Wednesday, August 3


On May 25th, armed with a new prescription following an annual eye examination, my wife ordered contact lenses from an online company called contact A nightmare ensued. I won't bore you with the details other than to say they originally shipped the wrong prescription and then it took a series of progressively sterner emails over several months to get the correct prescription shipped, since they refused her a refund.

In the month of July, our cable television provider, Cebridge Connections, failed to provide us with service on 12 different days -- i.e., no signal, no picture, no audio, NADA! The euphemism for failing to deliver the contracted service is an "outage." The company can have an outage, but the customer cannot. Their Customer Service Department was useless: polite, ineffectual, and sounding as though they were reading from a script. This is a business which, in its automated switchboard, has #3 as an option to cancel service and #4 as an option to talk about a service problem. Need I say more?

About a week ago my wife purchased a new Motorola RAZR V3 cell phone. It arrived today and the screen is defective. She called and they will not ship her a new one until she has shipped and they have received the defective unit. "Customer always comes first ..." -- baloney! Neither refund nor replacement cell phone until my wife proves she's truthful. Nor, interestingly enough, was there any effort at troubleshooting over the telephone. No, my wife was simply given the onus to become a shipping clerk for Motorola. If I'm not mistaken, wasn't it Motorola that conceived of and implemented the innovative Six Sigma quality program?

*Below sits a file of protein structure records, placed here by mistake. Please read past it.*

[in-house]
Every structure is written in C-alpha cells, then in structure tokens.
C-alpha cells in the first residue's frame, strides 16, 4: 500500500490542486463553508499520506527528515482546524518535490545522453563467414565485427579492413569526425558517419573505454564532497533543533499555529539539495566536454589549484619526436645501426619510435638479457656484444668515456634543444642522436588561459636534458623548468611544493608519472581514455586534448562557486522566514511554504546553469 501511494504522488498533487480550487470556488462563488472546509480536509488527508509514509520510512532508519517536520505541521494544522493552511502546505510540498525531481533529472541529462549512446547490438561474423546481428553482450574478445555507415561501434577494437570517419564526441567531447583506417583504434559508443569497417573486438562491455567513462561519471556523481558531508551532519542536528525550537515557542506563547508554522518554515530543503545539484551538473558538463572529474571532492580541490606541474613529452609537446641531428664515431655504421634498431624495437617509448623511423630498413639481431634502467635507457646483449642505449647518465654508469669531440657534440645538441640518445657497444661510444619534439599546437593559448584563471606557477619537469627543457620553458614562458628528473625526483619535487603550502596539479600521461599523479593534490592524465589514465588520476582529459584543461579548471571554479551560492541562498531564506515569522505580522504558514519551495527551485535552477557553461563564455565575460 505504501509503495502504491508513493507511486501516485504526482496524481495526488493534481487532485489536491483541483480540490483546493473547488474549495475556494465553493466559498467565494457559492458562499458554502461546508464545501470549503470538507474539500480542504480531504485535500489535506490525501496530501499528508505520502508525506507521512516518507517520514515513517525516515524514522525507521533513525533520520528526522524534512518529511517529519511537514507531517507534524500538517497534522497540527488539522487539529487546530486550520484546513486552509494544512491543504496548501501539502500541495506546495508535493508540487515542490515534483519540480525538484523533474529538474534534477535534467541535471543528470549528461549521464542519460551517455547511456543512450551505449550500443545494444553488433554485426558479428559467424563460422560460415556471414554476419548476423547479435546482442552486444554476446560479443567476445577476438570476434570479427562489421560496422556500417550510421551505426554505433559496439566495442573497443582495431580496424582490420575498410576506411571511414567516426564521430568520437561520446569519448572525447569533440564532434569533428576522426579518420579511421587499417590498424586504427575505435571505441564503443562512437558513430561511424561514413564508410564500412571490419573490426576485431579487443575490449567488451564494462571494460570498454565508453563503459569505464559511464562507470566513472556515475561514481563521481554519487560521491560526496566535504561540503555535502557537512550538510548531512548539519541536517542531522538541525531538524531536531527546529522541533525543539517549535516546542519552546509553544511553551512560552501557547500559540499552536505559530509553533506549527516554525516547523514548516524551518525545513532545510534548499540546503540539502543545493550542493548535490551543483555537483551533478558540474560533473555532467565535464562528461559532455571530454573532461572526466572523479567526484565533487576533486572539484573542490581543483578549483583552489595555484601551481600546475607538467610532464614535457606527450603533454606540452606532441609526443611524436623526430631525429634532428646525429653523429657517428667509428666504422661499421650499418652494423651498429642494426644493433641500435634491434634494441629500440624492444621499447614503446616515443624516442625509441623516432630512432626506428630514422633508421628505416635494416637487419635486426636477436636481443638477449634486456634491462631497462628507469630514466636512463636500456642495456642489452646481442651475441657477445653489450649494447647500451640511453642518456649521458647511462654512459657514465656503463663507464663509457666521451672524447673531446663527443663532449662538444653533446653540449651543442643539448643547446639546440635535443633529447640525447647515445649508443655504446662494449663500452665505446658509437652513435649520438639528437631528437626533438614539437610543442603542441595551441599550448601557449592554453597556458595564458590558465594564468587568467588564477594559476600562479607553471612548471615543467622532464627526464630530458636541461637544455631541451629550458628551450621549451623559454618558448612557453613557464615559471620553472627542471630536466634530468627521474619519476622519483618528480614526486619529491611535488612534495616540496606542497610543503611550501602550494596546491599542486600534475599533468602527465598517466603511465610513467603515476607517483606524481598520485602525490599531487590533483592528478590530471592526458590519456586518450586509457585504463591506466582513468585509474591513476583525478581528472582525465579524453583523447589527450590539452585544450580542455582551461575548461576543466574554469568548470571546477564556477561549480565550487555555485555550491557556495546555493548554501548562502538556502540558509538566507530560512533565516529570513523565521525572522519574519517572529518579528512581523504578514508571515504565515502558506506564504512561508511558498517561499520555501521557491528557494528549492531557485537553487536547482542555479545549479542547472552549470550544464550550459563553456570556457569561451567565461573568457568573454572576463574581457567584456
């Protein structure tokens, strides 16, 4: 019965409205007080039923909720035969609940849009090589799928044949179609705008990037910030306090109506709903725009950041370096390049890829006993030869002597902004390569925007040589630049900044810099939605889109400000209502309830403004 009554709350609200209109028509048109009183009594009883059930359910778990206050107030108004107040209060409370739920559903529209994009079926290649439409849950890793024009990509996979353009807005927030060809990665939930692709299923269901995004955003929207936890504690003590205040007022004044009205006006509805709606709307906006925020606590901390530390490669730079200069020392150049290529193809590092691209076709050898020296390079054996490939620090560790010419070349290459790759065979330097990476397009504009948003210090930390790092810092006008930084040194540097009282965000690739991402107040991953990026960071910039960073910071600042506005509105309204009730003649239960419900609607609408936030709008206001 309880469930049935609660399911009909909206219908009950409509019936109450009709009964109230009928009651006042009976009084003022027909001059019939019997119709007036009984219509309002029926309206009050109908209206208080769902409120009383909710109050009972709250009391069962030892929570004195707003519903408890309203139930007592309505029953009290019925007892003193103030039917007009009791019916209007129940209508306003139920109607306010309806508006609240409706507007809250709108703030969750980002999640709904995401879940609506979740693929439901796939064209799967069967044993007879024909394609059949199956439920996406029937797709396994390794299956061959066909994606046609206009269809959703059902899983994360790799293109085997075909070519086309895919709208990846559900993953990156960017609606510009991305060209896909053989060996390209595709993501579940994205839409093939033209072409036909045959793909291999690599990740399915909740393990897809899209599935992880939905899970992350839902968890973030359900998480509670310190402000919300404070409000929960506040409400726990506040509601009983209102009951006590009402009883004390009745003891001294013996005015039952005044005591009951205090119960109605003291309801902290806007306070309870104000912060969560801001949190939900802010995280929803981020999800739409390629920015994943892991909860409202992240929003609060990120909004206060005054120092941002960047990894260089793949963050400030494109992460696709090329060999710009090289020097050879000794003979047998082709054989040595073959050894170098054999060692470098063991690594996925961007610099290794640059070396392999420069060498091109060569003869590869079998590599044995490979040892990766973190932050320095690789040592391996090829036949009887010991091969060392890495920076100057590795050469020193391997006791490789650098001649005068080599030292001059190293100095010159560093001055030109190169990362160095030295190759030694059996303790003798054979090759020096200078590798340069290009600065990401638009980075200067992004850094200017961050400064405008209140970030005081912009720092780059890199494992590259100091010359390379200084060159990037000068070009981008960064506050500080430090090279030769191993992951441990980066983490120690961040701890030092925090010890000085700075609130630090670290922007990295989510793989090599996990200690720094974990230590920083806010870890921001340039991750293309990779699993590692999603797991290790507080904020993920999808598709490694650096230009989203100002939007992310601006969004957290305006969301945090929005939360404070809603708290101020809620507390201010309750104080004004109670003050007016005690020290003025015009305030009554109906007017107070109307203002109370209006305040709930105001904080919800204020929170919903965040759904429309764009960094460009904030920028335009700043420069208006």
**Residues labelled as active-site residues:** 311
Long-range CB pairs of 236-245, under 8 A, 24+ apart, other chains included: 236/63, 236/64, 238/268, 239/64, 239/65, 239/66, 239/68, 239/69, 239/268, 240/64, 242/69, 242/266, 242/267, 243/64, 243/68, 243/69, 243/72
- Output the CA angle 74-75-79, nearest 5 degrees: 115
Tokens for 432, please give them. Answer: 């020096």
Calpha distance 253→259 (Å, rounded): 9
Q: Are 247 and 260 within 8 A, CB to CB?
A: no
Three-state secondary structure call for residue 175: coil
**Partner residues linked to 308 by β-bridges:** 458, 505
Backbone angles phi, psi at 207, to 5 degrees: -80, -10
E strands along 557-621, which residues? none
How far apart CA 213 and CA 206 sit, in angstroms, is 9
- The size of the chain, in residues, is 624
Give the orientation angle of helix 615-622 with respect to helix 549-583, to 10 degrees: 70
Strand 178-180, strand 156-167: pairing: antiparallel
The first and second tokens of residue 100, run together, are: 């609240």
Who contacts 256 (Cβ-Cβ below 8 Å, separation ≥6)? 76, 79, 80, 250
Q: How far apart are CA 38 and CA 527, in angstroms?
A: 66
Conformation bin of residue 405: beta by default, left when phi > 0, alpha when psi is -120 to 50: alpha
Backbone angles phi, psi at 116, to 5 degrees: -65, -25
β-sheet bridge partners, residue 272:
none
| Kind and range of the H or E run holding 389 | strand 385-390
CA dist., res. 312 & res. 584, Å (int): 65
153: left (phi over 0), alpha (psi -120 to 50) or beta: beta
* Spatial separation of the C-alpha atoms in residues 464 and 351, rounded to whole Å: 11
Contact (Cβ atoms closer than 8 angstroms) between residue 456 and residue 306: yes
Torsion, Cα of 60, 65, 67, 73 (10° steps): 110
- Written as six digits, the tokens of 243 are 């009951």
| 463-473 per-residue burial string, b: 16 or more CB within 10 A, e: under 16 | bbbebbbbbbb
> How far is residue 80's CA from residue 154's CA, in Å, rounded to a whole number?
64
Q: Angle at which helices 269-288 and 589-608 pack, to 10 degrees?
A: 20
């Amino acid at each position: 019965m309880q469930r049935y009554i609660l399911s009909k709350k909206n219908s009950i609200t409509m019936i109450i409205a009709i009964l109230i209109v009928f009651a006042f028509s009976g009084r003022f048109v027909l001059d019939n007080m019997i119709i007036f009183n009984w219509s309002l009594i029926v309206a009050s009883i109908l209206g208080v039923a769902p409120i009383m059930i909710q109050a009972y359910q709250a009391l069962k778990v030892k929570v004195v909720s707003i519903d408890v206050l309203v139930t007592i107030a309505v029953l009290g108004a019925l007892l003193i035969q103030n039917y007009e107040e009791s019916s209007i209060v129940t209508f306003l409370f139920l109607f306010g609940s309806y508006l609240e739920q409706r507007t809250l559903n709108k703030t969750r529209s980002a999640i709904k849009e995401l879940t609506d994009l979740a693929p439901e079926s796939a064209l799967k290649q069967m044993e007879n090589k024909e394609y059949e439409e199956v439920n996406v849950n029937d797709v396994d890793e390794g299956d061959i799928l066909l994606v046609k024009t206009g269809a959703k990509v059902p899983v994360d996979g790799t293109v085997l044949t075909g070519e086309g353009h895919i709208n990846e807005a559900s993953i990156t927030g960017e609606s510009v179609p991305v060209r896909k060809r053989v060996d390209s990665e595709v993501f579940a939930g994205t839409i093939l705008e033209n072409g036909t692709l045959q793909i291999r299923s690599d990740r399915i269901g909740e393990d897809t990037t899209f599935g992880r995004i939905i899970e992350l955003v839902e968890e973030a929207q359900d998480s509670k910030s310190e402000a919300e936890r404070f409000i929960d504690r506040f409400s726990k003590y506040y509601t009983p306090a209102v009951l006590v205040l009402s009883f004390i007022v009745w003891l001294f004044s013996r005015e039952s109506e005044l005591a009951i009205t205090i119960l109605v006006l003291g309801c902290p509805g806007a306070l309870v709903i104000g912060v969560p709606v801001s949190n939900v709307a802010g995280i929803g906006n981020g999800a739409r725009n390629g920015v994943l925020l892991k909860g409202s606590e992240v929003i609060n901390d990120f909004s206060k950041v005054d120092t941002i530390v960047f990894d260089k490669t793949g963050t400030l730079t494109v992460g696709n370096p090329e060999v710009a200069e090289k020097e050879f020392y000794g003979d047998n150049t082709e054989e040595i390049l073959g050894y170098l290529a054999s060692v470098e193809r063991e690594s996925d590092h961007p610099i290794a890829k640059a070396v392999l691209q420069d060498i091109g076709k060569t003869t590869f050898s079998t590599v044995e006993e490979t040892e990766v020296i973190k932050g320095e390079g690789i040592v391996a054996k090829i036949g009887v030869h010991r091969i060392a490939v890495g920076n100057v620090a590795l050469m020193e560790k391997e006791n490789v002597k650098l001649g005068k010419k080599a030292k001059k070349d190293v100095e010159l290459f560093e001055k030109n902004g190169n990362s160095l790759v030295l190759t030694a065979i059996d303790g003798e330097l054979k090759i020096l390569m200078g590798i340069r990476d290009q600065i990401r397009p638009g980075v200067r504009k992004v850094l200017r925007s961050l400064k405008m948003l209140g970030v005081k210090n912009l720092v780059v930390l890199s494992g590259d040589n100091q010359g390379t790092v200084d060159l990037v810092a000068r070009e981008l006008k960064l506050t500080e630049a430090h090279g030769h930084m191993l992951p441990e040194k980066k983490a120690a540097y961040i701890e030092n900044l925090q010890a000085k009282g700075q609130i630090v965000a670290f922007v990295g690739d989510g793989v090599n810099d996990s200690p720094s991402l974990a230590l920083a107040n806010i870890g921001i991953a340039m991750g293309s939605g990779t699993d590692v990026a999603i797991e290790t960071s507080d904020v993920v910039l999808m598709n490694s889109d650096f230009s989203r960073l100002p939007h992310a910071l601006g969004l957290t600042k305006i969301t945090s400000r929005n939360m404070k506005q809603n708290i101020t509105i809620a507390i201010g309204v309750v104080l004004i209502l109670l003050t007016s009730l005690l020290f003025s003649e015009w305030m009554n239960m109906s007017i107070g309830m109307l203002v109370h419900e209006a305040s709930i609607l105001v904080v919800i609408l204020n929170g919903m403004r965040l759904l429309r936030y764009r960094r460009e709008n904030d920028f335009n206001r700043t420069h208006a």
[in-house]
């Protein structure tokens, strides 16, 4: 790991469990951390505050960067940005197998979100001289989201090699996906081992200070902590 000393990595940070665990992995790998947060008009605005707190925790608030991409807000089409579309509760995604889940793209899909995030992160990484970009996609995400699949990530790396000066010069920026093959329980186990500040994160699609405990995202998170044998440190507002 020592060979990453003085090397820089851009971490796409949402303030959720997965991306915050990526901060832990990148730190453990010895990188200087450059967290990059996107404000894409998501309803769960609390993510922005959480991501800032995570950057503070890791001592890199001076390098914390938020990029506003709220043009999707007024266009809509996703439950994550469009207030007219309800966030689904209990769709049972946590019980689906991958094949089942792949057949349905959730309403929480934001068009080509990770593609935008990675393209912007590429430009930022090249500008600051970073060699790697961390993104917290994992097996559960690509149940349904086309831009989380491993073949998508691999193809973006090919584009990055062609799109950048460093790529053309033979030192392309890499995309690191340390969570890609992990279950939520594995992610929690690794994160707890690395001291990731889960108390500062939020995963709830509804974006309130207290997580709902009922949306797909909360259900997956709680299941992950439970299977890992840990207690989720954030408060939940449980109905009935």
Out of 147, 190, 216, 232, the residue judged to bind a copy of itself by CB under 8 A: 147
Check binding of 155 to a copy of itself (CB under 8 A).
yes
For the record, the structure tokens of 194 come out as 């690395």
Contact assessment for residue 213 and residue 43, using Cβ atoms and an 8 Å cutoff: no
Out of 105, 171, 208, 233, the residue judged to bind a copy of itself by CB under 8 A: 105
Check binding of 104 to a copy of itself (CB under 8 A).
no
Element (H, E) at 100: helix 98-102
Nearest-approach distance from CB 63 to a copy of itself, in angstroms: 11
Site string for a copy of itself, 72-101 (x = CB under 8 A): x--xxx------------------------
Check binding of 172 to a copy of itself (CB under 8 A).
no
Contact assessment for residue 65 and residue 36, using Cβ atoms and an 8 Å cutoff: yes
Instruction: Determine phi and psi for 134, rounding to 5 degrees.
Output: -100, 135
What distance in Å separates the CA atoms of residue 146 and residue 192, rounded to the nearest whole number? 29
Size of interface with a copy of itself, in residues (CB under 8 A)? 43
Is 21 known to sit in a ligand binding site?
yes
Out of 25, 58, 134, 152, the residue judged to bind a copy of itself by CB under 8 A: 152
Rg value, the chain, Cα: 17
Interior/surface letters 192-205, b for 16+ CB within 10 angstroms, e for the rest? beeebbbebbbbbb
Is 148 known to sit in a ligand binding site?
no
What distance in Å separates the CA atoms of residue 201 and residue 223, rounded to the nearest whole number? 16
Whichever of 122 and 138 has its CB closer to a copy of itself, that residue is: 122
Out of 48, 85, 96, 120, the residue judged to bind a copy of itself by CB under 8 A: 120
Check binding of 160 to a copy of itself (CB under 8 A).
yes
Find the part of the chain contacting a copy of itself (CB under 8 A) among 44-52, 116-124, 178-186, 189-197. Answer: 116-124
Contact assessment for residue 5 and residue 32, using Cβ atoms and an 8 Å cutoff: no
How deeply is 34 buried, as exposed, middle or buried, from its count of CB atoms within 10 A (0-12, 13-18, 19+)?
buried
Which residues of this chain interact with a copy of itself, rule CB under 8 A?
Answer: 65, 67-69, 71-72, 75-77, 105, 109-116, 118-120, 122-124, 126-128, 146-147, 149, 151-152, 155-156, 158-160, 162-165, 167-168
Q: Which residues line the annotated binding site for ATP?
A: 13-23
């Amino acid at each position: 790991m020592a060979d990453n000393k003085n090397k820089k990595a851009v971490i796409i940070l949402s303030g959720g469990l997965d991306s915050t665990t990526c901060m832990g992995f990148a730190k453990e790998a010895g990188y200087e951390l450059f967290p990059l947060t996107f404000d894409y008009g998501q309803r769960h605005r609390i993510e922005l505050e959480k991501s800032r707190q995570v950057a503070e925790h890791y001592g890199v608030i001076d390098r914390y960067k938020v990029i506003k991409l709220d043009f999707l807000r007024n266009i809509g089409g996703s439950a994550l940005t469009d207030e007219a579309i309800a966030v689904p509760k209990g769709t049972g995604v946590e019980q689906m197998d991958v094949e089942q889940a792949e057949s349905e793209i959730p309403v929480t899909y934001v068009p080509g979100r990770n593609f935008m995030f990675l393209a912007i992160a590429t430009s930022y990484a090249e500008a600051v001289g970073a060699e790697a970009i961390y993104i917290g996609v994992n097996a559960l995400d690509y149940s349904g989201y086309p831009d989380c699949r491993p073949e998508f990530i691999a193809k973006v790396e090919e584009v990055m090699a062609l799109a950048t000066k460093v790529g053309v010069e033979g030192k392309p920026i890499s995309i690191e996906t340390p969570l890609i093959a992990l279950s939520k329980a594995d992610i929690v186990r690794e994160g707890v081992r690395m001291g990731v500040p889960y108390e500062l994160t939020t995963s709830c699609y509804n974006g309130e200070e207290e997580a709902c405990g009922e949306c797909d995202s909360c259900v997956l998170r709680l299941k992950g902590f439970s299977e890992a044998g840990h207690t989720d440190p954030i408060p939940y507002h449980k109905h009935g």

Then, of course, we have good ol' NASA launching the space shuttle Discovery with the same foam problems that disintegrated the doomed Columbia in 2003. In turn, astronaut Steve Robinson was obliged to do a risky space walk and perform first-ever, delicate repairs to the fragile heat shield. But, NASA reports that the astronauts aboard are still not out of the woods. Good news is that the Houston Space Center is answering the "Help Desk" phone and not questioning the integrity of its flight crew. Bad news is that NASA fumbled the ball again with respect to SAFETY.

And, I suppose, I can even hearken back to my post last January recounting an impossible situation with AOL's overseas "Help Desk" (a misnomer) in simply trying to cancel service with that company on behalf of my mother-in-law.

What's going on in this country? What happened to Total Quality Management, Six Sigma initiatives, thorough fact-findings, consumer-responsive Action Plans, and putting the customer first?

The Malcom Baldrich award for quality is damn sure out of reach of the organizations listed above!

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